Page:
It's been a banner year for Ashley Rodriguez and Josh Tarplin, two seniors in The Potomac School's Science and Engineering Research Center (SERC) program. Over the past few months, Rodriguez and Tarplin’s two-year independent research projects have earned them awards and scholarships from some of the most prestigious competitions in the country.
On Jan. 9, Rodriguez’s research on hemangiosarcoma, an aggressive cancer in dogs, placed first in the Junior Science and Humanities Symposium (JSHS) regional finals, held at Georgetown University. She received a $2,000 scholarship and will advance to the JSHS national competition in April.
Rodriguez’s work was also recognized in the Siemens high school science, math, and technology competition, where she was named a regional finalist and a national semifinalist.
She was one of just 97 regional finalists nationwide, and one of only five Virginia students selected based on their individual research projects. In November, Rodriguez traveled to MIT to present her findings at the Siemens national semifinals. Although she was not selected as a national finalist, her research impressed many, garnering praise from MIT's dean of admissions and the CEO of Siemens. “Everyone was in awe of Ashley’s accomplishments,” said her advisor, Dr. Isabelle Cohen. “She truly represented the best of Potomac.”
Tarplin also competed in the JSHS regional finals on Jan. 9 and was awarded fourth place for his work on the effect of hyaluronic acid on human mesenchymal progenitor cells’ differentiation, a method to improve cartilage regeneration in patients with traumatically obtained extremity wounds. He will present a poster on his research at nationals.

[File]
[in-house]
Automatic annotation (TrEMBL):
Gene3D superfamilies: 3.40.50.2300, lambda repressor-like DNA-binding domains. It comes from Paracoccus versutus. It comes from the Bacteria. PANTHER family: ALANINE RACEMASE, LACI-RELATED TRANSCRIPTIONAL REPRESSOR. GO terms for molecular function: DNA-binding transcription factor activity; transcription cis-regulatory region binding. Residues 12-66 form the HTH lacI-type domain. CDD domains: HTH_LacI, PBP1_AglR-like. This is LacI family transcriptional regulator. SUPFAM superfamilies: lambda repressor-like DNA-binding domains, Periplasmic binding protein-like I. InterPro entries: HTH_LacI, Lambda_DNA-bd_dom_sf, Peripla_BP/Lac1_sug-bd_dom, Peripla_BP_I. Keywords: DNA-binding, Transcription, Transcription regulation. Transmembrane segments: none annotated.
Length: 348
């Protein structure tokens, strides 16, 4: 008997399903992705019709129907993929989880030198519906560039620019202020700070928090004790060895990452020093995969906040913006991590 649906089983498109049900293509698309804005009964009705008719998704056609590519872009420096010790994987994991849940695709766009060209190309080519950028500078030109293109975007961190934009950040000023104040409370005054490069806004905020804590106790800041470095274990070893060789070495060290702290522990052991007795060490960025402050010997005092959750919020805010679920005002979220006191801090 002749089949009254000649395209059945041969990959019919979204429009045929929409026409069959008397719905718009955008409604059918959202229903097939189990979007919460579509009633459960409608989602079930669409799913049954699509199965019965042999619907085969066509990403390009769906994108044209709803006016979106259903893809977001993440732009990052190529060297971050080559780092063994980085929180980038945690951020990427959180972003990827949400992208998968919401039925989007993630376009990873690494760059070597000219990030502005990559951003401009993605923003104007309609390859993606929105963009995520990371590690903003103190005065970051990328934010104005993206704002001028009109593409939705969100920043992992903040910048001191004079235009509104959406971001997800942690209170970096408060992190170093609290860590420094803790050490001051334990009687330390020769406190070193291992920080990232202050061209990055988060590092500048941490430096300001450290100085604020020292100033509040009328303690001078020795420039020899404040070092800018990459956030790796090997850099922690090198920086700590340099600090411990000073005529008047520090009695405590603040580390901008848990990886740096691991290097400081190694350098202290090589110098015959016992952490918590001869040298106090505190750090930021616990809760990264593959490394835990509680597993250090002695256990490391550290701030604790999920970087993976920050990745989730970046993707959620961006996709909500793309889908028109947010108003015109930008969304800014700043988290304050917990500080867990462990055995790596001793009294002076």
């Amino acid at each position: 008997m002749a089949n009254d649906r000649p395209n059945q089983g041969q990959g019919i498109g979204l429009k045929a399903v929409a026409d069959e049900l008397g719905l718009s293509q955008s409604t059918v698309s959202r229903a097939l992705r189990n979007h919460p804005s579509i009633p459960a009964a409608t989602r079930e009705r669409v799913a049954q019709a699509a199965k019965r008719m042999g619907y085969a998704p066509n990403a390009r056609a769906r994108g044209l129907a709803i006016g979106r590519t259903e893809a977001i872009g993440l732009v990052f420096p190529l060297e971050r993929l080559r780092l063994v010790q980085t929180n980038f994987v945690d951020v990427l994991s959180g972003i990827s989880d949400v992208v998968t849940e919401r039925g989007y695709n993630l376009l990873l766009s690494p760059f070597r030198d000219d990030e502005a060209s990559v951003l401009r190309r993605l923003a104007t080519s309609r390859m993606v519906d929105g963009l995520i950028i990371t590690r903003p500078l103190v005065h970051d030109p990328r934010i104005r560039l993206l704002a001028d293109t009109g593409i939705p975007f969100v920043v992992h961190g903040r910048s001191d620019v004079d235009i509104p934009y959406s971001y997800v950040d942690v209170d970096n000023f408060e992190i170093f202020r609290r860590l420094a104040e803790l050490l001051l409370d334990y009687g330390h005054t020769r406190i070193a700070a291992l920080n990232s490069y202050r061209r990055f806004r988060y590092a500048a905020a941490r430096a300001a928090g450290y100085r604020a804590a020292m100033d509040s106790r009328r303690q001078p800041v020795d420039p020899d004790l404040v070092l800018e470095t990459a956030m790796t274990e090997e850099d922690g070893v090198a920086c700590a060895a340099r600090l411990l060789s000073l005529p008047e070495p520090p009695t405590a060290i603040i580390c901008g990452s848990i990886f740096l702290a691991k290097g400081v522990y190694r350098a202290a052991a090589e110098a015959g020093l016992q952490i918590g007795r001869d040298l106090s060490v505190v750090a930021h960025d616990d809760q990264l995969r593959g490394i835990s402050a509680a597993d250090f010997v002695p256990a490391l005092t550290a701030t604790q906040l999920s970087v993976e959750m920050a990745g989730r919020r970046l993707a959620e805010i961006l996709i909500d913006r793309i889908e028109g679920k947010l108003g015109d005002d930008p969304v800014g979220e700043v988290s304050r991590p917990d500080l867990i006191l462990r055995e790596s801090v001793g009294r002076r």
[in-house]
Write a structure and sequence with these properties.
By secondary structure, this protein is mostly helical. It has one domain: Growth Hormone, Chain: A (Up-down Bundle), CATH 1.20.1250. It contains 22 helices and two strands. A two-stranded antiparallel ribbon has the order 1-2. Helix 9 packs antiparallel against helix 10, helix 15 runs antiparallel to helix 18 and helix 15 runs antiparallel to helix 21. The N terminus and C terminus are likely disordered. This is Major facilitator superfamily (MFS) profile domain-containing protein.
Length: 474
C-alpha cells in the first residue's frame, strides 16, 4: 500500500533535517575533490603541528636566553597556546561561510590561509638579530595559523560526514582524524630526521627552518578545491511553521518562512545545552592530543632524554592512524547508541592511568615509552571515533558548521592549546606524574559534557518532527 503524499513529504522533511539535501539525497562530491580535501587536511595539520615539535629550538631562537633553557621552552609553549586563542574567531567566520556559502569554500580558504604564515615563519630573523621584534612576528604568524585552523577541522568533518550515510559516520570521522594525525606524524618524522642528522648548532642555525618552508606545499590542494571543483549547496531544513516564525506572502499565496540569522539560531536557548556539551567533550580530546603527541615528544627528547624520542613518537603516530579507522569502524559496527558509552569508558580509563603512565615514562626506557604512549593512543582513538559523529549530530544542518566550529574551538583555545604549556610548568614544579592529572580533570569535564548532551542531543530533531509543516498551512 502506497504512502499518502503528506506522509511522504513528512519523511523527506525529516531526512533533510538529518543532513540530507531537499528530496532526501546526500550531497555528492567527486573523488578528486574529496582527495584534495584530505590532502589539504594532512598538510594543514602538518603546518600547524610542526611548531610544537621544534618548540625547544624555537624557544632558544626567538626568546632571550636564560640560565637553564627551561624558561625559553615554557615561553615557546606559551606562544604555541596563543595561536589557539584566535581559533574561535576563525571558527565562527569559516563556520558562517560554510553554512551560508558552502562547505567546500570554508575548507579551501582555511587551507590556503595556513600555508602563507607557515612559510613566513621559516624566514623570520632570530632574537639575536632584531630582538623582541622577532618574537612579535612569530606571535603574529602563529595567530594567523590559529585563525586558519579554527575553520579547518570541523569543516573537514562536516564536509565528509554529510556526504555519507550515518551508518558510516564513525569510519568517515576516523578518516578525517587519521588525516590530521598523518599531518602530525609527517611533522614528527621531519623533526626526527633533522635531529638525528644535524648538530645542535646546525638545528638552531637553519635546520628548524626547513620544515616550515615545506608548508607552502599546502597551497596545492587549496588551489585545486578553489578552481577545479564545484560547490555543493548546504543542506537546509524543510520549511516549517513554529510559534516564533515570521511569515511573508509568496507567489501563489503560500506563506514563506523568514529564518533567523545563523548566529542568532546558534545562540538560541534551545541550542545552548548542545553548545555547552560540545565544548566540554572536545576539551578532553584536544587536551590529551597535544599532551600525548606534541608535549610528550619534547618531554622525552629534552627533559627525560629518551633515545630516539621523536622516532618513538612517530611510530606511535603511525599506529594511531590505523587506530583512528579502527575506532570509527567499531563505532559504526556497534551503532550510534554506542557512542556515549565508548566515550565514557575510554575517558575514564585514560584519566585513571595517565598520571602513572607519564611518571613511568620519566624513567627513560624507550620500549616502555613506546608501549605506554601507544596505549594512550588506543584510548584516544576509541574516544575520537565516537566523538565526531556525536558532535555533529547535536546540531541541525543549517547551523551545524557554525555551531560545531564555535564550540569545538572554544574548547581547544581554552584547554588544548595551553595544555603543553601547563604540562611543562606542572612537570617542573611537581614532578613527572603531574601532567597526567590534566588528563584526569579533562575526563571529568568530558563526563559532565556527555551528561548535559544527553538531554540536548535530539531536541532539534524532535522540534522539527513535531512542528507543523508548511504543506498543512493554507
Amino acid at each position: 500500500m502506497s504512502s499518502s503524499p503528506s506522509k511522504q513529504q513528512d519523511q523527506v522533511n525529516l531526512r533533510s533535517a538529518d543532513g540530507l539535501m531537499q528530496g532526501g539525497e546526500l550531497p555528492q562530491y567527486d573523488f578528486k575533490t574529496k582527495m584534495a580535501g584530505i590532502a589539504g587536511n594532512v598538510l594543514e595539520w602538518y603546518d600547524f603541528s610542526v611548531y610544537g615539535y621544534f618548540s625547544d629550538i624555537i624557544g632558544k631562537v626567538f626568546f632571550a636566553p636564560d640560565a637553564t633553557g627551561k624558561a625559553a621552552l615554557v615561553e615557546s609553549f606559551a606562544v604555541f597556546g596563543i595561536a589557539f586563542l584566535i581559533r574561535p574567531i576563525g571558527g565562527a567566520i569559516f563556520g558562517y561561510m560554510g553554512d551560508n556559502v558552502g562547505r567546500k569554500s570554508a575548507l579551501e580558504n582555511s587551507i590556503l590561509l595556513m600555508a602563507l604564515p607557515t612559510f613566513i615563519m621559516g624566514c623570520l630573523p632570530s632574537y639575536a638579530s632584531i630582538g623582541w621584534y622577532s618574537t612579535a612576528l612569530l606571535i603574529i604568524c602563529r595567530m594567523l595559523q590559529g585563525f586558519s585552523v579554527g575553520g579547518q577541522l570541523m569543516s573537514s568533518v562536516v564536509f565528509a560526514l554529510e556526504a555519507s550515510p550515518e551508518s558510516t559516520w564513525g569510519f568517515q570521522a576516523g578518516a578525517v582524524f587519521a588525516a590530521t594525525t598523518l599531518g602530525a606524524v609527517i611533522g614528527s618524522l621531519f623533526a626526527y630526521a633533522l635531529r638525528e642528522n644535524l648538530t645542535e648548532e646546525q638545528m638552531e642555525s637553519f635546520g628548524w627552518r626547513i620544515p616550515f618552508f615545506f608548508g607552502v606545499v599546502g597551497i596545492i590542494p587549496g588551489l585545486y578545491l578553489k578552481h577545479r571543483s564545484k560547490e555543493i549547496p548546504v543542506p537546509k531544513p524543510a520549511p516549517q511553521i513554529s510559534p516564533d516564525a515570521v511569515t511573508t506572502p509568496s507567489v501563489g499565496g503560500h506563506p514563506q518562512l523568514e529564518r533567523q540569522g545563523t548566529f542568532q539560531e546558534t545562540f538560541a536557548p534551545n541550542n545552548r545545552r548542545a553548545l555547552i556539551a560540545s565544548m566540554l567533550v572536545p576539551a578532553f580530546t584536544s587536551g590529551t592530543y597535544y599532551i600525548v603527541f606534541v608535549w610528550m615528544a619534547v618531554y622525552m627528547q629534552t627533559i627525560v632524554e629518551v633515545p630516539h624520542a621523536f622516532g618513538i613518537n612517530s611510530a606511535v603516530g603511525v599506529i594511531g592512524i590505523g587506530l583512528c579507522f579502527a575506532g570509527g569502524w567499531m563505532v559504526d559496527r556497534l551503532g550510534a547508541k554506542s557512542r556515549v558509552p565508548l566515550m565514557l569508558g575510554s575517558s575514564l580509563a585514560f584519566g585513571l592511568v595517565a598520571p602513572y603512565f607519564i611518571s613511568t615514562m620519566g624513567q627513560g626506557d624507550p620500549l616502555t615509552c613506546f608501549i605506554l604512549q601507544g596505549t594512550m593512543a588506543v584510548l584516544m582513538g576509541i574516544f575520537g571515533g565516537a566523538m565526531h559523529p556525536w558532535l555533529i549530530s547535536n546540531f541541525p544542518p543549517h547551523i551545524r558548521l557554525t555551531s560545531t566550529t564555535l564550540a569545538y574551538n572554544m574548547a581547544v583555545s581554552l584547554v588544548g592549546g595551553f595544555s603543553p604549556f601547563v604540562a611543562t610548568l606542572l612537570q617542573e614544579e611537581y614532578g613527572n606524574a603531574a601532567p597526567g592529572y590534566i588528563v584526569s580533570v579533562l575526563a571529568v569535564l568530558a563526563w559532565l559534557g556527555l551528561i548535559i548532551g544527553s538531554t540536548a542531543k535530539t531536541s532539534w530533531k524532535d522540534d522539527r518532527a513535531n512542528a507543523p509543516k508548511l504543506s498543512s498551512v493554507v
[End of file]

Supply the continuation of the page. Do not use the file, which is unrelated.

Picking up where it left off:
Earlier this month, Tarplin was named a semifinalist in the Intel Science Talent Search 2015, a pre-college science and math competition. He was one of only 300 semifinalists selected from a pool of more than 1,800 entrants nationwide. He received a $1,000 award from Intel, with an additional $1,000 presented to The Potomac School. Later this month, Intel will select 40 students as finalists; they will compete for more than $1 million in additional awards.
The Potomac School is an independent K-12 college-preparatory school in McLean. Now in its fifth year, the Potomac's Science and Engineering Research Center (SERC) program is one of three selective advanced programs offered by Potomac’s Upper School. (The other two are the Visual and Performing Arts Concentration and the Global Perspectives and Citizenship Program.) SERC was created to give students opportunities to do long-term independent research, work in a professional lab, and stretch their minds. “The program is for students who want to take on some open questions and do more than just coursework,” said Douglas Cobb, chair of the Upper School Science Department.
After taking biology as freshmen, students enter SERC as sophomores, taking two courses — one in accelerated physics and chemistry, the other focused on developing the experimental design for their research proposal. They also secure a mentor in the wider scientific community — an expert in their field of interest who will assist with their research and provide equipment, materials, or lab space.
Rodriguez was mentored by Dr. Jaime Modiano, head of the renowned veterinary lab at the University of Minnesota. Tarplin was mentored by Dr. Leon Nesti, a chief surgeon at the National Institute of Arthritis and Musculoskeletal and Skin Diseases.